The Diaoyu (to the Chinese) or the Senkaku (to the Japanese) Islands have been at the root of rising tensions between the neighboring countries. Both claim sovereignty over the islands, and anti-Japanese protests in China have turned violent, leading observers to worry that the tiny, rocky outcrops -- small but near international shipping lanes and sitting at the center of an area rich in fish and possibly oil and gas -- might become a flashpoint between the world's second- and third-largest economies.
But Tokyo and Beijing seem to be more interested in dialogue than confrontation at this point, and a report in the South China Morning Post on Thursday indicated that the Japanese government had confirmed the start of a diplomatic dialogue at the highest level.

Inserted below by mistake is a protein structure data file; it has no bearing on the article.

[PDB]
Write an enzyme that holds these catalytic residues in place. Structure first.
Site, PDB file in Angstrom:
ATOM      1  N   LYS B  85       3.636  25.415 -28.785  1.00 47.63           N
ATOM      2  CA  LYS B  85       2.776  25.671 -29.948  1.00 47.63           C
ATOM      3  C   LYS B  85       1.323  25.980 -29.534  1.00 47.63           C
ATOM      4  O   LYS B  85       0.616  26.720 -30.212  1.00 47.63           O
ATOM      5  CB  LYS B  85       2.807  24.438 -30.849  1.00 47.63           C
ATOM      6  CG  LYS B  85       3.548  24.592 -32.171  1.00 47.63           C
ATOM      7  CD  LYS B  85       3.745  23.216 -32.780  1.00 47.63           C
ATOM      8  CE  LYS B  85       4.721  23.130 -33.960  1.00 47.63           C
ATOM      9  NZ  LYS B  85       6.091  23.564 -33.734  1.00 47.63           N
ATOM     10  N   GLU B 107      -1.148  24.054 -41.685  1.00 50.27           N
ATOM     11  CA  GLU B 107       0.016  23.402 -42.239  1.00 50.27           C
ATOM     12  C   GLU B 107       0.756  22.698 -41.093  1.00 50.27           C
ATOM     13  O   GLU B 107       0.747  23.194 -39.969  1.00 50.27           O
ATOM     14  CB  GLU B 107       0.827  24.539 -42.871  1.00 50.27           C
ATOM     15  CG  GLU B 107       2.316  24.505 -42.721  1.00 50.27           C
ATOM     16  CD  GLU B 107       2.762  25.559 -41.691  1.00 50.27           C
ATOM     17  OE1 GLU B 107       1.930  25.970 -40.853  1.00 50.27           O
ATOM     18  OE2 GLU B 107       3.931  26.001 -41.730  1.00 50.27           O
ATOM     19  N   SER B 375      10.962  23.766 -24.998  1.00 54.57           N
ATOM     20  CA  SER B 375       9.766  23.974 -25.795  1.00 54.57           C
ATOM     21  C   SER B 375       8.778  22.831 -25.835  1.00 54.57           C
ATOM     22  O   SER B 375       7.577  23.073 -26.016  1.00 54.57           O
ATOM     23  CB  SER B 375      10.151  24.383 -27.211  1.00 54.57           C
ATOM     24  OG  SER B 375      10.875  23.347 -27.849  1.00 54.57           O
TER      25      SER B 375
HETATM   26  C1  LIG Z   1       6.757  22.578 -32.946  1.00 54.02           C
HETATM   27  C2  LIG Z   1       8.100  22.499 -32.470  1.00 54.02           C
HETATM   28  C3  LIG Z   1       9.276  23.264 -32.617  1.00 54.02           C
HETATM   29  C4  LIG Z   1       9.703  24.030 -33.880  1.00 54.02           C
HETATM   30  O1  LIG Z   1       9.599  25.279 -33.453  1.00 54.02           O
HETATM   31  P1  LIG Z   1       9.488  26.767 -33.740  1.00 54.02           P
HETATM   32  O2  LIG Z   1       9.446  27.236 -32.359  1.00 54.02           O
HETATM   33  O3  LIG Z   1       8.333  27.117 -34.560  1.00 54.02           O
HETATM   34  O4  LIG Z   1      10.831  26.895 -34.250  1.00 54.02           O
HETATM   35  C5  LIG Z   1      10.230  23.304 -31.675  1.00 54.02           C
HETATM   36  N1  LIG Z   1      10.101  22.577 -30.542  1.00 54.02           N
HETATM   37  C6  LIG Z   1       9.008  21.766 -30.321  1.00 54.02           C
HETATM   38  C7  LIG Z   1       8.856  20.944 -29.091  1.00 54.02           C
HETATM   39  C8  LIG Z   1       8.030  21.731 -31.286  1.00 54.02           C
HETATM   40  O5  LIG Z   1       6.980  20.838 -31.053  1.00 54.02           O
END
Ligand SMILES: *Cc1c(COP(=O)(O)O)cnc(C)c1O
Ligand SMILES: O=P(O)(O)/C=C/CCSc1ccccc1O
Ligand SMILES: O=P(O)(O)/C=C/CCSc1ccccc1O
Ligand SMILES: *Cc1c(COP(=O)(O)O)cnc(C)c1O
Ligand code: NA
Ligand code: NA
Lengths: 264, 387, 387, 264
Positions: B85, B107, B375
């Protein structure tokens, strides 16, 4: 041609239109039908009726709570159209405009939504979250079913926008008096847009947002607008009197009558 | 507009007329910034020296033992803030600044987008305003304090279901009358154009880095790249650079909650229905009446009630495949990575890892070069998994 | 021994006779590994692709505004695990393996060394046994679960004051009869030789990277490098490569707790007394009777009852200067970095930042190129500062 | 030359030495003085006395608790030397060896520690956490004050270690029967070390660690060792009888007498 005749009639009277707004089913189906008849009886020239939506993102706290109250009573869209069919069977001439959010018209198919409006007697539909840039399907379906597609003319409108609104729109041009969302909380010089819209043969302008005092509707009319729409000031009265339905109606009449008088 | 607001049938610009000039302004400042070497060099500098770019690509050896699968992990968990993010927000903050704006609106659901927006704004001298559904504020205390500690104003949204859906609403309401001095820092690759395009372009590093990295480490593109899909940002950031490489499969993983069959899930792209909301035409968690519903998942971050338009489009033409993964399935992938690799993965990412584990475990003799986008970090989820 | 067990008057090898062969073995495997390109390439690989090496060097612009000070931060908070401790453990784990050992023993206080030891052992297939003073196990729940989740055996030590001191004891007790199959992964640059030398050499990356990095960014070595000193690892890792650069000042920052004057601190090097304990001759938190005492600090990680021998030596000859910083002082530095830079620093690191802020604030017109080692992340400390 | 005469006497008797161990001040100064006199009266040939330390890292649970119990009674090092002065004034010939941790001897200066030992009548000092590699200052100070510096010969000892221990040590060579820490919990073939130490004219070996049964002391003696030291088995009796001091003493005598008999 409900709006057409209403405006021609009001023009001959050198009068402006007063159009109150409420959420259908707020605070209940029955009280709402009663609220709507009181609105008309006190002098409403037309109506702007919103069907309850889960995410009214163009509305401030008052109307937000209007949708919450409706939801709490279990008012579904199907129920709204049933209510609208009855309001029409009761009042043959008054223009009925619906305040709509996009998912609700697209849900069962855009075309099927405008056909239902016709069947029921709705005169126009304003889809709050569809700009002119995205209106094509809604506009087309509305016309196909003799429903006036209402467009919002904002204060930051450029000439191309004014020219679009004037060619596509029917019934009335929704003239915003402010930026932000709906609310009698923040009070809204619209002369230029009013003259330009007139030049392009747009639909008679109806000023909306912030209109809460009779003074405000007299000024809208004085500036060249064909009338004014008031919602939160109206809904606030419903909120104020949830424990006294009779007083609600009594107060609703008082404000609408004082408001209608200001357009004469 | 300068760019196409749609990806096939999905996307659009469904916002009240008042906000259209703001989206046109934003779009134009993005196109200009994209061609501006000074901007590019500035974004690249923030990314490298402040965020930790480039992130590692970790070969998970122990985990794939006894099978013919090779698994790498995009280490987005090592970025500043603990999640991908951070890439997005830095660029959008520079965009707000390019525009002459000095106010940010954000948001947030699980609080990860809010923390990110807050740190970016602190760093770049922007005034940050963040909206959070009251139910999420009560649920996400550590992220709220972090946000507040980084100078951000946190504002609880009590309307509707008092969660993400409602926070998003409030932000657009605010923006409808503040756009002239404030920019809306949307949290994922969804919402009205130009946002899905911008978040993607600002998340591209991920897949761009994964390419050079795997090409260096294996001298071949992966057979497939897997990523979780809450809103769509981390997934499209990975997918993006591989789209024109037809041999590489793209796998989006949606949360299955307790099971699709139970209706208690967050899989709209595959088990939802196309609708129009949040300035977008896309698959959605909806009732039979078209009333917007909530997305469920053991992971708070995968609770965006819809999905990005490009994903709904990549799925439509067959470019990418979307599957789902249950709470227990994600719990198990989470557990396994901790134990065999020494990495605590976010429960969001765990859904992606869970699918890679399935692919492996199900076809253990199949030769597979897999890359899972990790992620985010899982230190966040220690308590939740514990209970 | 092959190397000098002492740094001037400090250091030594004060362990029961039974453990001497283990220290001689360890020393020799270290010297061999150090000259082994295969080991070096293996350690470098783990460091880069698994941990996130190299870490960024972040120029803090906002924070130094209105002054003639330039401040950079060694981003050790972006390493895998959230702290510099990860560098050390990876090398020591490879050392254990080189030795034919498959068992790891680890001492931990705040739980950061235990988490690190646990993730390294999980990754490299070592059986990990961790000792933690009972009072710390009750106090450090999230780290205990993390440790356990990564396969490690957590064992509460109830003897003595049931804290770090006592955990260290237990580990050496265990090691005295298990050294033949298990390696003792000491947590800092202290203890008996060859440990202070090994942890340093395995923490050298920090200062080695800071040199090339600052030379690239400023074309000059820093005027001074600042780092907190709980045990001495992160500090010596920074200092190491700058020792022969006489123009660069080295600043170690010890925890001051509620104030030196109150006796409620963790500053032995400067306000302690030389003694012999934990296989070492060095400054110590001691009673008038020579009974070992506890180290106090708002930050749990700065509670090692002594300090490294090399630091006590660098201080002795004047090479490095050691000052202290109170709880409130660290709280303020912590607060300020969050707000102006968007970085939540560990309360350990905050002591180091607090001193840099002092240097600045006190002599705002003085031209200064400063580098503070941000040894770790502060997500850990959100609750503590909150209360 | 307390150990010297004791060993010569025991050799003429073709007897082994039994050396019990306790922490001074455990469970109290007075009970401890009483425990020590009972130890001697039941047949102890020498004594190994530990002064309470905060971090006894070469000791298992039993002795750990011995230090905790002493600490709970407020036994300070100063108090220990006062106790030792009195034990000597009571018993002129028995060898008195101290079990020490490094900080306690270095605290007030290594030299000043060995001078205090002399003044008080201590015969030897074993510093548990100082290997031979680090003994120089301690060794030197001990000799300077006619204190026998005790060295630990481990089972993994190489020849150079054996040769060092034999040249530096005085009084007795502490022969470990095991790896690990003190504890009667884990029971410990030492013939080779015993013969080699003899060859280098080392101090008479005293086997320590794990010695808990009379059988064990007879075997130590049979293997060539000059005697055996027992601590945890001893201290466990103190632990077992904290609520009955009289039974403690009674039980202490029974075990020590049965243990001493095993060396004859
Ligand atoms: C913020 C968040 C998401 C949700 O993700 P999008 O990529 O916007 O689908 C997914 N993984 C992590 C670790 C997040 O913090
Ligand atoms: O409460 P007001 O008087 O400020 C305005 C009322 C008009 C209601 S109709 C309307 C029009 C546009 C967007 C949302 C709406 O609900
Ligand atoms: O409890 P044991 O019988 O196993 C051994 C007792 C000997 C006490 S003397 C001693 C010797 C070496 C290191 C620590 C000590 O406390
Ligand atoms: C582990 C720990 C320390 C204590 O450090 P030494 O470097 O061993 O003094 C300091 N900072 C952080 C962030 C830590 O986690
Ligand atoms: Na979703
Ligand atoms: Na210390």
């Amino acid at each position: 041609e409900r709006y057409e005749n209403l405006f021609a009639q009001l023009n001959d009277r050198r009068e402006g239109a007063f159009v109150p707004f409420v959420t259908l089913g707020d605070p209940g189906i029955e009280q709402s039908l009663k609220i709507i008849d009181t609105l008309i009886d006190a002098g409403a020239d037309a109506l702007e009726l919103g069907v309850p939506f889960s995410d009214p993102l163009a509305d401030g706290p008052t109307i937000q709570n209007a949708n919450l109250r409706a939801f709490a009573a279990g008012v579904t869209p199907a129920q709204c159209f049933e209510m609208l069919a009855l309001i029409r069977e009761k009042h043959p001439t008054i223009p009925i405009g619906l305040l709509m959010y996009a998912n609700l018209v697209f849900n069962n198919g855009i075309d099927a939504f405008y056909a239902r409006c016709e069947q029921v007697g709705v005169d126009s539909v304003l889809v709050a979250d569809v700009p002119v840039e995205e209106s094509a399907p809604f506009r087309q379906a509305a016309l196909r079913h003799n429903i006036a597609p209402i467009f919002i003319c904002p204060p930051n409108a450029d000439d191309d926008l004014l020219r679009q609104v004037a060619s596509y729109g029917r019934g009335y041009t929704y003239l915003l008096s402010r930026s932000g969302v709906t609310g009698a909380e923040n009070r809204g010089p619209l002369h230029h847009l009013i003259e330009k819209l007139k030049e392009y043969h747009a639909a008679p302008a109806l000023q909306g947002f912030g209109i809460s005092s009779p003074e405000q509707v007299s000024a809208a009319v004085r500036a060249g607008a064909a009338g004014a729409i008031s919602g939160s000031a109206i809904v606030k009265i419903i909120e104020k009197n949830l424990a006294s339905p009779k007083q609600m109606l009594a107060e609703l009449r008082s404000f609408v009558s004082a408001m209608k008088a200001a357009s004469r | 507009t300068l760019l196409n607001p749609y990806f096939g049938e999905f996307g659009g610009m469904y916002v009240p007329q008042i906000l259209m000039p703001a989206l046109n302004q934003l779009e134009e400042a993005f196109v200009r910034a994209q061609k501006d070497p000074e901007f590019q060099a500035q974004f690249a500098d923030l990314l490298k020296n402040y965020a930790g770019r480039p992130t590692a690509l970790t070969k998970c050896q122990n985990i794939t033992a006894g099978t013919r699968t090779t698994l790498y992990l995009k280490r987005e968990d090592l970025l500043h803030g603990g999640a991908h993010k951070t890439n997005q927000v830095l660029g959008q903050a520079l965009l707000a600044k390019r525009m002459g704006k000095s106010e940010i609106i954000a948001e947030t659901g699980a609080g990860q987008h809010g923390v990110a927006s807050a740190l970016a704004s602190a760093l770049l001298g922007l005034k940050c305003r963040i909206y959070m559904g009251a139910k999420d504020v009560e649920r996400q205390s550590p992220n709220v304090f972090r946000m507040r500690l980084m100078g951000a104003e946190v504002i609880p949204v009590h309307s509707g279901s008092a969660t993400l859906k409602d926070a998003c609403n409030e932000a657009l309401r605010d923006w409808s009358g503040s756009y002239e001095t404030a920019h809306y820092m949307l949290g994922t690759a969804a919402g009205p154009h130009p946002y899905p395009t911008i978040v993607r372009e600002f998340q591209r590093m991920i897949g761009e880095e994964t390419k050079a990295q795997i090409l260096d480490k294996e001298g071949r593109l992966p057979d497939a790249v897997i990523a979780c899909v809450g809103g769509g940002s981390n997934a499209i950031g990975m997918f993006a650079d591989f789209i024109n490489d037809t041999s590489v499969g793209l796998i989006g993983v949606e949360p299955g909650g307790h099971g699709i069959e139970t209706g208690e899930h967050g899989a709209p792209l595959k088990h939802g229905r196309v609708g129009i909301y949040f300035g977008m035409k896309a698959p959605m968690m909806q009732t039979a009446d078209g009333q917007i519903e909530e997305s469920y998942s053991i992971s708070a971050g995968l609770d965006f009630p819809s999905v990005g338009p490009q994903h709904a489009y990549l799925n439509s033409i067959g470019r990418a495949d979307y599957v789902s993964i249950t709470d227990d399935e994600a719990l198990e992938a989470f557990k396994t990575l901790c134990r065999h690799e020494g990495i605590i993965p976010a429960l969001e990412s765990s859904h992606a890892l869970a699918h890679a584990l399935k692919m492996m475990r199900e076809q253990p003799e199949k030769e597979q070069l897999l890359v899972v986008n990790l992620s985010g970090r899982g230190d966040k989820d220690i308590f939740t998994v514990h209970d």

Press reports state that the Chinese and Japanese have been in secret meetings this week, which could be a sign of Sino-Japanese efforts to alleviate any political unease as China gets ready for the Communist Party’s National Congress meeting on Nov. 8. The congress is expected to choose the country's next leadership, with a new president, prime minister and standing committee of the party's Politburo.
Japan's Chief Cabinet Secretary Osamu Fujimura confirmed that Deputy Foreign Minister Chikao Kawai met with senior Chinese officials, including his direct counterpart, Zhang Zhijun, in Shanghai over the weekend.
But reports of naval military presence spotted off the shores of the islands run the risk of derailing any further diplomatic dialogue.
In a conflicting report, China’s Global Times said that only three Chinese ocean surveillance ships entered the waters surrounding the islands, even naming the specific ship numbers, 51, 75 and 83.
The Chinese surveillance ships have now raised concerns within Japan’s Foreign Ministry, leading to a protest being lodged with China’s ambassador in Tokyo.
This would be the second time this month that Chinese ships enter the waters surrounding the islands.